Not all black holes are black — and researchers found more than 75k of the brightest


When the most massive stars die, they collapse to form some of the densest objects known in the Universe: black holes. They are the “darkest” objects in the cosmos, as not even light can escape their incredibly strong gravity.

Because of this, it’s impossible to directly imageblack holes, making them mysterious and quite perplexing. But our new research has road-tested a way to spot some of the most voracious black holes of all, making it easier to find them buried deep in the hearts of distant galaxies.

Despite the name, not all black holes are black. While black holes come in many different sizes, the biggest ones are at the centers of galaxies and are still growing in size.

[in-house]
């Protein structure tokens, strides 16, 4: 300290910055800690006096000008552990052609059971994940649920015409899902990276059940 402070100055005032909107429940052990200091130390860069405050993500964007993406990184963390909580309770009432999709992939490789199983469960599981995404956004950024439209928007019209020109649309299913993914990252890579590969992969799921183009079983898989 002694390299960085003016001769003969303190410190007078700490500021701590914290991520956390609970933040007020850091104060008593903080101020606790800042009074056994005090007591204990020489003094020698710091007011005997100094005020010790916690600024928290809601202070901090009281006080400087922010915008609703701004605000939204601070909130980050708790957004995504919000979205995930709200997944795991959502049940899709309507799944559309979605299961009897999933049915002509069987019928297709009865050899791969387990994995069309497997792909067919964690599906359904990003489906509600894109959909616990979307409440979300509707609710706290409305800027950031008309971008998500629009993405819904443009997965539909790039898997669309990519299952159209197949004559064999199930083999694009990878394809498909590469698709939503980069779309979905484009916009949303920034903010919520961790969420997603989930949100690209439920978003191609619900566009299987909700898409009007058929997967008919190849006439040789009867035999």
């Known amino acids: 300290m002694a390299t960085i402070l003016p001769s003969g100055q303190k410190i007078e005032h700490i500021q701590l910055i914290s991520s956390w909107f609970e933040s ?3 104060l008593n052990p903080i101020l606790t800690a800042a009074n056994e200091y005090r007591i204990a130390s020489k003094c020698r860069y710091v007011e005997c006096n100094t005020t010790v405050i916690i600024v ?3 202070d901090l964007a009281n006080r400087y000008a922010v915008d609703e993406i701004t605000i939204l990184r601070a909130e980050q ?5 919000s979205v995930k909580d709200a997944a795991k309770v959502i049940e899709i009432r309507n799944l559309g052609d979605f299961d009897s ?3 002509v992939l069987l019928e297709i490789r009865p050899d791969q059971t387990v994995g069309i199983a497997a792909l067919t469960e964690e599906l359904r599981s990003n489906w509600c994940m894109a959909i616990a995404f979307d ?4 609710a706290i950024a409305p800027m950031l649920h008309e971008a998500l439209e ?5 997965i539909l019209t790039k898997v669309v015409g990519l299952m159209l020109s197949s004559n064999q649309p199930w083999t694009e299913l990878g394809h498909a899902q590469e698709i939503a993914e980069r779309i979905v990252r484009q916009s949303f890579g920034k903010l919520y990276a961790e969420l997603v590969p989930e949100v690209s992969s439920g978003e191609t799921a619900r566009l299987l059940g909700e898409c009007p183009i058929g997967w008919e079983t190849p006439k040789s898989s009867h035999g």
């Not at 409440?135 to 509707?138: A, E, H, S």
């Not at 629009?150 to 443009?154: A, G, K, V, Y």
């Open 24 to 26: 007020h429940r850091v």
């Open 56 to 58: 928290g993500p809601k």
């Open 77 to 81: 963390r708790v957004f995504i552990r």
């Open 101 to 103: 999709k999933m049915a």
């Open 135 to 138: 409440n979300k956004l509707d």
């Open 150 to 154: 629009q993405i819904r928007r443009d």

These “supermassive” black holes can have the mass of up to a billion Suns. The black hole at the center of our own Milky Way galaxy – called Sagittarius A*, whose discovery received the 2020 Nobel Prize in Physics – is fairly calm. But that isn’t the case for all supermassive black holes.

If material such as gas, dust, or stars gets too close to a black hole, it gets sucked in by the enormous gravitational force. As it falls towards the black hole, it heats up and becomes incredibly bright.

The light produced by these “bright black holes” can span the entire electromagnetic spectrum, from X-rays to radio waves. Another name for the bright black holes at the center of galaxies is “active galactic nuclei”, or AGN. They can shine trillions of times brighter than the Sun, and can sometimes even outshine all the stars in its galaxy.